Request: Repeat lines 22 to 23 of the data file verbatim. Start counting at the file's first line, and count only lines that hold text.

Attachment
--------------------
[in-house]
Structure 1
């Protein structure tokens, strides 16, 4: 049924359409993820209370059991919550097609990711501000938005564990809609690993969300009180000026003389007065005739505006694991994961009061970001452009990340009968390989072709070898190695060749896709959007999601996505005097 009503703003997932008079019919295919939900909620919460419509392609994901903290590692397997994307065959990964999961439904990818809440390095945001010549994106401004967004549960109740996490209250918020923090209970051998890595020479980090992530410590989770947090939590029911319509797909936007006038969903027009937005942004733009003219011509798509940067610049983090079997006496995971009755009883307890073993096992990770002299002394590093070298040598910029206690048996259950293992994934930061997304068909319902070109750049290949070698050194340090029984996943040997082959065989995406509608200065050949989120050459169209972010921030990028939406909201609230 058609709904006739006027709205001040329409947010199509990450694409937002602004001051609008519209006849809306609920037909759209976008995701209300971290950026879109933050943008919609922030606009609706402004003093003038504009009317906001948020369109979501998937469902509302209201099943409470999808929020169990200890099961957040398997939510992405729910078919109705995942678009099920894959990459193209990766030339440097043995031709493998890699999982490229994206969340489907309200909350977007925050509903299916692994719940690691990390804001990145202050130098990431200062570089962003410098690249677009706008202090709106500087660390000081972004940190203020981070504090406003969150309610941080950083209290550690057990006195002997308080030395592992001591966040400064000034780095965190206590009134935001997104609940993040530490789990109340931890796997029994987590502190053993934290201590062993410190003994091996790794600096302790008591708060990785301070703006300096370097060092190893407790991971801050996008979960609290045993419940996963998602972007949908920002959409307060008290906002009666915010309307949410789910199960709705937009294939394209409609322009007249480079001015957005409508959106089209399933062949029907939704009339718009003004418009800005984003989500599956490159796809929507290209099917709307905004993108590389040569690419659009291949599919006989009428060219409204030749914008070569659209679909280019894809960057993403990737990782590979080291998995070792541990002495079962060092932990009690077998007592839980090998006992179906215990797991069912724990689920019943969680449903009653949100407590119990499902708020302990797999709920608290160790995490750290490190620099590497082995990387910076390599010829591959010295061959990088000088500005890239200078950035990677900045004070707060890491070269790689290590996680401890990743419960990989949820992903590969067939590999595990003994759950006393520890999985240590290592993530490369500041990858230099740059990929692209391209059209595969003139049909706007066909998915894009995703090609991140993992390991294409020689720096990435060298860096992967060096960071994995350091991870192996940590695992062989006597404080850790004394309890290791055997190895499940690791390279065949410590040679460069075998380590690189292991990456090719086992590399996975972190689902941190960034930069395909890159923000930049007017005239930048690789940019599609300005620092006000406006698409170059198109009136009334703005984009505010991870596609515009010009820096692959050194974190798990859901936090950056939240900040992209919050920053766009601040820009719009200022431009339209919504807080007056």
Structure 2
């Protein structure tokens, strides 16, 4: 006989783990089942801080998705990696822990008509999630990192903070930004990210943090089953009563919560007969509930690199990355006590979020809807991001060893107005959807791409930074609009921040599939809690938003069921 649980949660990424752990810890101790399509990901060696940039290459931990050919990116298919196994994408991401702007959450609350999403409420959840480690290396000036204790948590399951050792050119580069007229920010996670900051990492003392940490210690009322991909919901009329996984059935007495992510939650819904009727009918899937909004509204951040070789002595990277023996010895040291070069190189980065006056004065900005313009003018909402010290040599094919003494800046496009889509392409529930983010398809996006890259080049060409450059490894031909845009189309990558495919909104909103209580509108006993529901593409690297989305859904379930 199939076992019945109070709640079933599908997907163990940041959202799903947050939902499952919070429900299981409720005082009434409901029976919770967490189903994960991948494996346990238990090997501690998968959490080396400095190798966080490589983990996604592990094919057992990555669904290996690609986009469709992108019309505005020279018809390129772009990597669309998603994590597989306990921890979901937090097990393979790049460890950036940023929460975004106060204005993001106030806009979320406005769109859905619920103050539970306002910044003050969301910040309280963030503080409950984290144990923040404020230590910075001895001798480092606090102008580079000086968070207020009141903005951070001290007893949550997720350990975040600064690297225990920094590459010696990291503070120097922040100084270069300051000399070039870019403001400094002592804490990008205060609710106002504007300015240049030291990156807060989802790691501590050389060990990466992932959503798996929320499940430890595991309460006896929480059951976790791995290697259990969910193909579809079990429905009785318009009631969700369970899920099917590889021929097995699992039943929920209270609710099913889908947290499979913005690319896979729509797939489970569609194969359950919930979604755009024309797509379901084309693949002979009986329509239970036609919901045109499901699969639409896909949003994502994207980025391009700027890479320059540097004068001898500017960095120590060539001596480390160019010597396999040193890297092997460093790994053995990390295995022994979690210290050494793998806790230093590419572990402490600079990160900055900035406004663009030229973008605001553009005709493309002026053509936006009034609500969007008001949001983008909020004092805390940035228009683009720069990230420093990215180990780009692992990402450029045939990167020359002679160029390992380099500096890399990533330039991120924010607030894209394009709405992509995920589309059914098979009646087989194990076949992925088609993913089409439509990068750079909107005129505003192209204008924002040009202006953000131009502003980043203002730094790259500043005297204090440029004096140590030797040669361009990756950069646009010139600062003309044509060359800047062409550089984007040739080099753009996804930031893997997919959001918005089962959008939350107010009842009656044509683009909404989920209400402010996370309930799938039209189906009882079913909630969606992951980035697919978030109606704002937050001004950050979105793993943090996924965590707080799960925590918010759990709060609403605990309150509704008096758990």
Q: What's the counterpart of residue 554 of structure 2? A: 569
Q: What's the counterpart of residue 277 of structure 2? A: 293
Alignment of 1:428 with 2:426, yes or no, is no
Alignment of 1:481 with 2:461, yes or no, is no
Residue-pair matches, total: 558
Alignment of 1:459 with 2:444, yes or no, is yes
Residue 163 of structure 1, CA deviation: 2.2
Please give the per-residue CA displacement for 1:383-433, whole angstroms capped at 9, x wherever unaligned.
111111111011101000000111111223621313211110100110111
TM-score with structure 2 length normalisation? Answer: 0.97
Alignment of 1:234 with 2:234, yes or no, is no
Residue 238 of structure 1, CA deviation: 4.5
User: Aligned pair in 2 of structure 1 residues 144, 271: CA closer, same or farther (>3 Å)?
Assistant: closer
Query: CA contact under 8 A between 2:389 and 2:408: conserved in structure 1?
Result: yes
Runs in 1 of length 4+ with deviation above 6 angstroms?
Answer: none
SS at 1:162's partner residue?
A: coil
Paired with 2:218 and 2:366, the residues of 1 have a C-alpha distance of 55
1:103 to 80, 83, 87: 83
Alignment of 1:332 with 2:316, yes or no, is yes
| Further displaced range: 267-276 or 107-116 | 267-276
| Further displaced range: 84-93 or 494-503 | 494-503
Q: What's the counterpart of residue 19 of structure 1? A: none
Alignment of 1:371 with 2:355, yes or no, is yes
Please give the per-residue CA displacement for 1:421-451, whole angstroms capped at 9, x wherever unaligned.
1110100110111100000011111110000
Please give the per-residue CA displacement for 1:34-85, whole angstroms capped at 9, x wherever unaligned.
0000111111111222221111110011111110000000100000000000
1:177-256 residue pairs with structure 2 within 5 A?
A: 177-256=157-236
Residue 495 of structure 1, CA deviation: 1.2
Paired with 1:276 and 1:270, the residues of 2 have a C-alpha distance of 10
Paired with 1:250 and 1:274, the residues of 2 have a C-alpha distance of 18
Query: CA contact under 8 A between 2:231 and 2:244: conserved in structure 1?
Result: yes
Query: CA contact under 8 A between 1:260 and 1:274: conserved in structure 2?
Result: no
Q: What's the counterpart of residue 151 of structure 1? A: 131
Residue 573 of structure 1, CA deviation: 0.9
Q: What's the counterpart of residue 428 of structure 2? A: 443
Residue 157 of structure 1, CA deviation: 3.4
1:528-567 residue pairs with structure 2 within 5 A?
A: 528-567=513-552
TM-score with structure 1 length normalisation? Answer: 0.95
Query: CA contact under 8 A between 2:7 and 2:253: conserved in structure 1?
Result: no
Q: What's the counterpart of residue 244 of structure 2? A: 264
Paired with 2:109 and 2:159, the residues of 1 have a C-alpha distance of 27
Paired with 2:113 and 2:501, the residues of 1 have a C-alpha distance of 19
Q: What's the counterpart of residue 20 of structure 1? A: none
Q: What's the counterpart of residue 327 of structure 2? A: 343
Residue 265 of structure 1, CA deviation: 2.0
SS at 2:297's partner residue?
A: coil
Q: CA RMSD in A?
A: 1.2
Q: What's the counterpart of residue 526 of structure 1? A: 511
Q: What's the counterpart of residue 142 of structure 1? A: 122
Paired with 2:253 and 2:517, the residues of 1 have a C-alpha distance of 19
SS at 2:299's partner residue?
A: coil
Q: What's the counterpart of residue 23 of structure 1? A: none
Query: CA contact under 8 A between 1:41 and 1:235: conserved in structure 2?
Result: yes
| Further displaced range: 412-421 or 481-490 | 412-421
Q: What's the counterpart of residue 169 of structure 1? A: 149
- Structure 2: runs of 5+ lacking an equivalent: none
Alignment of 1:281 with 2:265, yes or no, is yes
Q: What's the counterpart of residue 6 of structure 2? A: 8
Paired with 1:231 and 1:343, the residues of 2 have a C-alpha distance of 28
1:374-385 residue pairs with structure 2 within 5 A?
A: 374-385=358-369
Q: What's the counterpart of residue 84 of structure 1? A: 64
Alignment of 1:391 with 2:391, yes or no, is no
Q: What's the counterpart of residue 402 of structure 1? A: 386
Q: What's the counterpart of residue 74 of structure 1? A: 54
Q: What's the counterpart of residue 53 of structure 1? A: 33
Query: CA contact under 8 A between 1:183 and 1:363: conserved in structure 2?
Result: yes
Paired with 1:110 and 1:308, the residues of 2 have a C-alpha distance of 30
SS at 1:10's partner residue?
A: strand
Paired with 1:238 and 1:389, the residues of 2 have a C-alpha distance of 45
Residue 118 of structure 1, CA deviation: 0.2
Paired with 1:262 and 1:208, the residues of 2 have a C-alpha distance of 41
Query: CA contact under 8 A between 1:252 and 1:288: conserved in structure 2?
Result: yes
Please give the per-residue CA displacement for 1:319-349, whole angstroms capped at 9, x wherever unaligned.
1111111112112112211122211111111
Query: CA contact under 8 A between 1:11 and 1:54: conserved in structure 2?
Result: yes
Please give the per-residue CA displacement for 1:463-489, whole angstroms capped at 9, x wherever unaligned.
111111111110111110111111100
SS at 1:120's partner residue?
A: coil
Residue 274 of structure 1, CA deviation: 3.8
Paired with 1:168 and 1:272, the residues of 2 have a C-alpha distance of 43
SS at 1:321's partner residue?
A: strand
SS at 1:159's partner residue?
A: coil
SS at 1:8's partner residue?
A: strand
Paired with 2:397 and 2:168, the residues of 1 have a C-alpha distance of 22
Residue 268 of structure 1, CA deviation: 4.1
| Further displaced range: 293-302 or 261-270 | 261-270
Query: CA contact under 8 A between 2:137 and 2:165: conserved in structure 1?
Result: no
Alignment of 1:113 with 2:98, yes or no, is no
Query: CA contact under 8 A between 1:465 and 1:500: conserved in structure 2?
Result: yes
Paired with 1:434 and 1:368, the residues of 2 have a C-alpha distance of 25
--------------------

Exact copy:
Runs in 1 of length 4+ with deviation above 6 angstroms?
Answer: none